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The Ortonville Independent
Ortonville, Minnesota
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February 5, 2002     The Ortonville Independent
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February 5, 2002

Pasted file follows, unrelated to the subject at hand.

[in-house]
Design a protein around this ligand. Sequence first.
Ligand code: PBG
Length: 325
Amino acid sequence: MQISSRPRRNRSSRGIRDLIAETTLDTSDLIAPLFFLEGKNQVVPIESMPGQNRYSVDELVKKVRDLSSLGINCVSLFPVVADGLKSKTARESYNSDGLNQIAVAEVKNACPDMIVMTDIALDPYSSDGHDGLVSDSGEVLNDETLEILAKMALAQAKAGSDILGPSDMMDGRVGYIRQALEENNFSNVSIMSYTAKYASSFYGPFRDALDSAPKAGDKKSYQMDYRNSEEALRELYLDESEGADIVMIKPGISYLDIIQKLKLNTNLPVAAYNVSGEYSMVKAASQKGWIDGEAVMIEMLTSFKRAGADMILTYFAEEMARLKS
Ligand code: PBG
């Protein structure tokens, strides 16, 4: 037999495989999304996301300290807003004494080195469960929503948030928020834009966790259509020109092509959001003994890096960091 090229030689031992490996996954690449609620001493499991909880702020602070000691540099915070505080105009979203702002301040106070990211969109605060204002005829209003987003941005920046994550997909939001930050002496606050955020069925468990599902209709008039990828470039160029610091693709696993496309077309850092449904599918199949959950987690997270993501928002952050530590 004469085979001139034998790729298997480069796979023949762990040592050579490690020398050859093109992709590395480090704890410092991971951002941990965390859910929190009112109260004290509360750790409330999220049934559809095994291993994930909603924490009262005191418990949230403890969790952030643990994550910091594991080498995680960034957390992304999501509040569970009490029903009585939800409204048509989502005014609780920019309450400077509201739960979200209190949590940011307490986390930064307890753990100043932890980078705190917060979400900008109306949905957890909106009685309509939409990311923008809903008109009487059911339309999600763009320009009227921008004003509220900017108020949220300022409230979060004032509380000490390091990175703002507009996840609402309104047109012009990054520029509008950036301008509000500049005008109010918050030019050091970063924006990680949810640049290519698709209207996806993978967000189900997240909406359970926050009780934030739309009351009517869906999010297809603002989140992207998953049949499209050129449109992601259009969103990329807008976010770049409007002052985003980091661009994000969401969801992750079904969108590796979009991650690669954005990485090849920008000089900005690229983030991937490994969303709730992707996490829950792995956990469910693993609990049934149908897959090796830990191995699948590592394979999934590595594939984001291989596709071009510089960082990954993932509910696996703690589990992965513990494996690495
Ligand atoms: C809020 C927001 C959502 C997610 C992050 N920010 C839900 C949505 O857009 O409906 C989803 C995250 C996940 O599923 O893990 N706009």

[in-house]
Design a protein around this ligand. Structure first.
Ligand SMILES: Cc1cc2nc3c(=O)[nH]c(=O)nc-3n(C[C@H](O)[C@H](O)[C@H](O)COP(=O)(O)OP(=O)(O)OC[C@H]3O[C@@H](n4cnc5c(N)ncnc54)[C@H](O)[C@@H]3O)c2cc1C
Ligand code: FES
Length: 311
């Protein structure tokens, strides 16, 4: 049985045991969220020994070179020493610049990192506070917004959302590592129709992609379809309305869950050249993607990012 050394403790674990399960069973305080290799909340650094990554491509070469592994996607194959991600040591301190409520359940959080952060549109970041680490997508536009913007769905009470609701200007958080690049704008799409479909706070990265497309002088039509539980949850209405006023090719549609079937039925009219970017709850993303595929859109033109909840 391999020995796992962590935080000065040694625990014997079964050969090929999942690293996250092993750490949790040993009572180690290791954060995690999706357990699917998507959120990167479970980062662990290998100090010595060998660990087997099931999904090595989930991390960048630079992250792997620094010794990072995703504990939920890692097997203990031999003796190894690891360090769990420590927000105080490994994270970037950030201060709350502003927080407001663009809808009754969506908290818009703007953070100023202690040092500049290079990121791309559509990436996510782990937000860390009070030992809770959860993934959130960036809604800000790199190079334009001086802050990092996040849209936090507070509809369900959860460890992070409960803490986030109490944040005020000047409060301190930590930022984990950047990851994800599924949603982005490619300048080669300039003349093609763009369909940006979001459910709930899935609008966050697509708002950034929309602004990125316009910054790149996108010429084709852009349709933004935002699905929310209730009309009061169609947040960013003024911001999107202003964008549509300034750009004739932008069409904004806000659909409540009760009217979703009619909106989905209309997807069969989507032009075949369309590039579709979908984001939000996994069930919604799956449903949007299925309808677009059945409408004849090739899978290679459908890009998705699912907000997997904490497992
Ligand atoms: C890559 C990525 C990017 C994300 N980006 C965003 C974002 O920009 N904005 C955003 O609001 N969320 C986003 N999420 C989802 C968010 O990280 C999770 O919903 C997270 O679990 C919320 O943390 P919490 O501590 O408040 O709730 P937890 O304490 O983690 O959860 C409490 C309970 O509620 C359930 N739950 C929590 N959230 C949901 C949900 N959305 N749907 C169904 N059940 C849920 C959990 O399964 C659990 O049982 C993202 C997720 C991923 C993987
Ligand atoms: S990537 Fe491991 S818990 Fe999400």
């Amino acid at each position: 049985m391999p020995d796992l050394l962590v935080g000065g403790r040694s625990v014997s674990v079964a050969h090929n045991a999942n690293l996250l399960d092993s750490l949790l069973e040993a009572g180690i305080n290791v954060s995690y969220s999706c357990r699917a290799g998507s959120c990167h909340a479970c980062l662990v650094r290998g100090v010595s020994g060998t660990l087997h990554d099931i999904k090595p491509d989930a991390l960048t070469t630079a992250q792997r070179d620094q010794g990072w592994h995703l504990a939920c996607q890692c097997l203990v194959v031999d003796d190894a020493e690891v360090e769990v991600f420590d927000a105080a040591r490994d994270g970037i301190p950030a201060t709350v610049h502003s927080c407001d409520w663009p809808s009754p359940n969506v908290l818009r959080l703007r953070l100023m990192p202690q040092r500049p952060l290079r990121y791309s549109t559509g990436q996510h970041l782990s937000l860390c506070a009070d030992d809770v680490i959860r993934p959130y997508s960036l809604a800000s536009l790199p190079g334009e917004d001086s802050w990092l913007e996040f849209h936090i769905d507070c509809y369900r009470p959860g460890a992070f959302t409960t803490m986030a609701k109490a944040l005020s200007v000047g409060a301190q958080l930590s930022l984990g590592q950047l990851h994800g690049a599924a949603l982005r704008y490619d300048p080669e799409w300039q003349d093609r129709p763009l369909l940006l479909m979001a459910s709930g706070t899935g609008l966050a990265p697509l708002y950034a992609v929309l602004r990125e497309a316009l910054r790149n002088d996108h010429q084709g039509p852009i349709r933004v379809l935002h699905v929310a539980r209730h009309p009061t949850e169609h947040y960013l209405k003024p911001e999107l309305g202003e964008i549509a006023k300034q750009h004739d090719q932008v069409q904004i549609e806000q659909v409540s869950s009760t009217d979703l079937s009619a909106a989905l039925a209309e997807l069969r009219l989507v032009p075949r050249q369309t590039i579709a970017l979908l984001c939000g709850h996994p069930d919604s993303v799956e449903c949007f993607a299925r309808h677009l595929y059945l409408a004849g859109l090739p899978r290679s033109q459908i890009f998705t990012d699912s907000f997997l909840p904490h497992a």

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pit Ig ..... Graceville'shos a ains critical access status Holy Trinity Hospital in serves a medicallv underserved another hospital or the sole hospital in lPd The groundhog saw his shadow last Saturday so, if you're a believer in the adage, then we're in for six more weeks of winter! But in this particular year, where we have set a record in warmth for a winter...we can only say...so what!? If it's six more weeks of the winter we' ve been enjoying, there's no problem...no sweat, so to speak! For the record, this has been the warmest winter in the past 180 years! Incredible, indeed! ***** If you were not able to see in person or watch on televi- sion, the Gopher-Indiana basketball game last Saturday, you really missed a beauty! Never have we seen a more exciting second half of basketball, as our Gophers came from a 10 point deficit at half-time, to win by a margin of 14 points. The gophers were just awesome in all aspects. Certainly the frosh phenomenon, Rick Rickert, has to be one of the best in the country! ***** A couple notes from readers. Dear friend Pete Christensen of the metro area sends renewal and says "very sorry to read of Don Dawson pass- ing, a very good neighbor and friend for years. Don't change anything about the Independent...it's a very special life-line to all of us now liv- ing away from (home)Ortonville! ope to see you sometime this sum- mer...your old water-ski partner!" Ray Volkenant of Belgrade also sends renewal and writes "always look forward to receiving the Independent and reading the Odds 'n Ends, and the Good Old Days sec- tions. Also enjoyed the letter from Bud Johnson. I worked for Bud's Red Owl from 1958 to 1965. Bud wrote the book on customer service. Best wishes to Bud and his family. Keep the paper coming. I enjoy each and ever3 Cousin Margaret (Kaercher) Pufahi of Colorado sends renewal and says "I look forward to my paper each week, especially 'good old days.' I am excited about becoming a great grandmother in March...my first GREAT!" Carol (nee McDonald) Ekdahl of Vancouver, WA sends an e-mail today saying that her husband Dick "was reading the Oregonian paper (Portland Daily) and ran across an obituary of a Clarence Richard Ormsby, born in North Dakota in 1918 and raised in Ortonville...gradu- ated from OHS in 1938. He was known as 'Junior Edison' from Ortonville. Wondering if you knew him, if anyone else in the area or from the class of 1938 knew him." ***** Long-time reader friend Russ Stansfield, now of Golden Valley, sends renewal and comments that "your Trojans are sure playing good basketball for the sec- ond year in a row. Heading for the southwest tomorrow." Reader Don Lindquist also sends renewal from St. Paul Park and says "enjoy read- ing the news from the home- town...keep up the good news coverage for the readers!" ***** Yet another small worlder. While recently dining at Billy's Lighthouse Restaurant near Long Lake, we struck up a conversation with a cou- ple sitting nearby. Art Hagen and his wife Rosemary live in Cokato, and are engaged in numerous business ventures...namely construction, restaurants, and buying of cattle near Sisseton. He recalls coming to Ortonville many years ago to meet former resident and Mayor Start Lohman, and his son, John, who were then *owners of the Chevrolet and GMC dealership here, regarding the possibility of building a new garage here. Art also knows of the folks at Hasslen Construction, being that he is in the same business. He also recalls dealing with a man whose name he couldn't remember, but who was involved with Oliver tractors and the making of steering wheels who lived a few miles north- east of Ortonville. We thought he might be referring to Rex George, but that name didn't ring any bells! ***** Things are buzzin' in the " W/xJVrADS Graceville, became a Critical Access Hospital (CAH) as of Nov. 1, 2001. According to Helen Jorve, GHC administrator, the reason the Graceville Health Center Board of Directors decided to apply for Critical Access Hospital status was to obtain better Medicare reimbursement in order to improve Holy Trinity Hospital's financial basis. Under the CAH program, reim- bursement is based on reasonable cost rather than on a predetermined scale based on diagnosis (diagnosis-related groups or DRGs). The CAH program is an outcome of the Medicare Rural Hospital Flexibility Program (MRHFP). The MRHFP, established in 1997, is avail- able to all 50 states. Its threefold intent is to allow rural communities to preserve access to primary care and emergency health services; provide health care services that meet commu- nity needs: and help assure the finan- cial viability of program participants through improved reimbursement and different operating requirements. Thus, the Critical Access Hospita! Program allows rural hospitals such as Holy Trinity Hospital to continue to provide services to their community and surrounding and to access ser- vices in hospitals within their net- works. To qualify as a Critical Access Hospital, Holy Trinity Hospital must adhere/agree to requirements that include: located in a rural area; area: limits the number of inop'atient acute care beds and awing-bedinp'a tient beds provides inpatient care in a man- ner that assures that the hospital's annual average length of stay is with- in the 96-hour limit; participates in a rural health net- work; makes available 24 hour emer- gency services; makes available 24 hour nursing services; inpatient services may be provid- ed by a physician assistant, nurse practitioner or clinical nurse specialist as long as there is physician o.versight; and reimbursement for inpatient and outpatient services to Medicare bene- ficiaries will be reimbursed on a rea- sonable cost basis. Minnesota's Medicare Rural Hospital Flexibility Program planning began in Jan. 1994. After the closing of several rural Minnesota hospitals, the Rural Health Advisory Committee passed a resolution to establish a work group to identify key rural hospital issues that impact access to care, and to propose how the State legislature could proceed in addressing those issues. In 1998 the Governor signed a bill to establish the Medicare Rural Hospital Flexibility Program in Minnesota and to designate necessary providers of health care services as those hospitals that are 20 miles from a county. Objectives of the Minnesota Rural Hospital Flexibility Program are to promote regionalization of health care services, improve access to health care services, and foster development of rural health networks. The MRHFP encourages small rural hospitals to redesign themselves as the experts in providing primary and emergency health care services. Holy Trinity Hospital is doing this by reducing its excess hospital beds, maintaining high quality emergency and primary care services, providing the care that fits its expertise, and net- working with other hospitals and health care providers to expand its realm of acute and specialty care pro- grams. In Minnesota, it's clear that hospi- tal closures have reduced local access to health care services, particularly in the northern part of the state. Through the Minnesota Medicare Rural Hospital Flexibility Program and its new Critical Access Hospital status, Holy Trinity Hospital will receive additional financial resources. Other financial benefits should result from regionalization and net- work development. This is ultimately good news to both the beneficiaries and providers of health care in the area served by Holy Trinity Hospital. As a critical access hospital, Holy Trinity Hospital will continue to be licensed as a hospital under the provi- sion of Minnesota Statutes. (Adv.) . Charge it to state credit card By Senator Charlie Berg Our Legislative schedule ordinari- ly goes something like this. The first year we take care of numerous bills and set tax and spending policy. However, this is not an ordinary year. The second year of the biennium the Legislature agrees to finance cer- tain projects of .statewide importance by issuing bonds. Just as families take out loans to pay for homes and college tuition and companies borrow for new plants and equipment, states borrow to preserve existing assets and to invest in infrastructure. The state con- stitution even defines purposes for which the state may incur debt: to improve public land and buildings; to construct roads, railroad facilities and airports; to establish and maintain state parks; andtcrTepel invasions or suppress insurrection! as wastewater treatment plants, boil- ers and prison facilities will also get consideration. Borrowing spreads the costs over the useful life of the pro- ject, and it assures that those who ben- efit from the asset created-such as a student dissecting a frog in a state col- lege science lab-share the cost. And, it can be argued that bonding makes our money go further since the cost of a project today will be less than the cost of that same project five or ten years from now and interest rates are at an all time low. The state issues two types of bonds: revenue and general obliga- tion. Revenue bonds have a designat- ed source of mon,ey-such as a fee on T-shirts to pay for a stadium-from which the bonds will be repaid. General obligation bonds are repaid from the state general fund i.e., &re ongoing, long-rmbenefalo._taxpay- . forgcmetalligation bonds, .and we ers. For example, the governor has have authorized the governor to issue proposed borrowing $120 million for another $540 million. This session the commuter rail and $246 million for Legislature will approve as much as repairs to state buildings. Such things $1 billion more. In order to maintain our superior credit rating, we limit ourselves to 3% of general revenues for debt service on our bonds. This year that's about $750 million for principal and interest to repay these loans. For government as well as for fam- ilies, there is bad debt and good debt- like the difference between borrowing for a vacation and borrowing for home improvements. Legislators take their fiduciary responsibilities very seriously and are likely to approve less than half of the $2 billion in requests for bonding from state agen- cies and local governments. As an additional check, the constitution requires a three-fifths vote to pass the bonding bill to assure substantial agreement among legislators that these are truly worthy projects. I would be happy to answer ques- tions you might have about bonding m; about imyodaex.mattears before the Legislature. Please feel free to contact me at my St. Paul office at 651 296- 5094, by mail to G25 State Office Building, St. Paul, Minnesota 55155 or by email to sen.charlie.berg@sen- ate.leg.state.ran.us. Bonanza environmental center has new programs, needs equipment Thanks to grants from the Blandin Foundation and other sources, the staff at Bonanza Environmental Center of rural Beardsley had been able to create some new programs for both students and adults. Old Mill Twirlers The Old Mill Twirlers danced to the calling of Gene Hoffman last Wednesday. There were no squares in attendance with guests from Watertown. No dance Feb. 6. No dance Feb. 13 Ash Wednesday. Up coming dances Feb. 20, Dennis Van Asch. New-trails are being created for hiking, cross country skiing, and snow shoeing. Some equipment has been purchased. However donations of cross country skis, shoes and poles as well as snowshoes woukl be greatly appreciated. If you have equipment you would like to donate, it may bc brought to the center, or to the Ortonville, Beardsley, Clinton, Graceville, Big Stone City, Chokio, or Browns Valley public schools. If you are unable to bring them to one of these sites, please call the Environmental Center at 320-265- 6944 or Gretta Yaeger at 320-839- 2457. 00e'll compile your 1[I ][I information and ,, V V offer advice on Your donation can be considered as a tax deduction. If you wish credit, please put your name and address on the equipment as well as the value of the gift. I rice@DhosOice Ortonville/Graceville Satellite Offic, e making decisions and timing investments for the best tax advantages throughout the year. Our year-round record keeping services take even more stress out of tax time. Call your local AgCountry Farm Credit Services records specialist today. Graceville Branch Office 748-7294 or 800-450-7294 2/4/02-2/17102 EDA to aid in dentist in Ortonvil Ortonville's Economic Development Authority held its annu- al meeting Jan. 2 at the EDA confer- ence room. Among the items dis- cussed was the search for a new den- tist. Board member Greg Peterson told EDA members he had spoken with Steve Winther, DDS, who advised Peterson he would like someone working with him in a common build- ing such as a clinic or other facility. However, Peterson stated Winther will not be actively looking for anoth- er dentist and the Health Care Foundation has the time to pursue The board Peterson speak more to ters to another In other was elected EDA coming year, Radermacher vice Also, Peterson surer and secretary. Ortonville Independent Poll Results How do you like the place- ment of the manhole covers on the new stretch of Lake Road (Hwy 7)? I like the way it bounces my old car all over 19% Like to drive like a NASCAR racer swerving around them 44% The jolt keeps me awake 5% They should have been put down the middle 32% 62 total votes Check out the new poll every week at www.ortonvilleindependent.com and cast your vote Riley's March 1-17 and two March 4-13 April 5-15 Battlefield steve Voss NeE-HIS MN Certified A skilled Beltone Hearing will be in your area to you about your hearing FREE computerized determine if a hearing aid help. You might find out even need an aid! to yourself and to the to hear and understand benefits of hearing aids type and degree of noise environment, hearing evaluation and @Betone Senior Ortonville February 12, 9- 1-800-669-31' Ina Hooser Pleasant 0000View 289-1163 I00 S. Barduson St. Appleton, MN 56208 Meet our family Pleasant View Ina Hooser moved to Pleasant View in November of 1! the Twin Cities area. As a Wisconsin farm girl. taught her and her siblings what it meant to work high school student. Ina lived and worked for who deeply appreciated her work ethics. In fact semester of her college in appreciation for her work responsibilities. After school Ina entered the an employee of the US Post Office in Minneapolis, after some 25 years of service. Her motto at the Post it right the first time", continues to be her standard thing she does. Ina is a welcome addition to the family with her ethics and morals for daily living, "rhe' of living here is the friendly people," lna stated. "It place for retired people to live, an excellent facilitY" grateful that her younger brother, Allen and his wife Ortonville, live close enough to vlsit regularly. Come check us out! Ask Judy about living at Pleasant View - you'll be glad you Page 2 00INDEPENDENT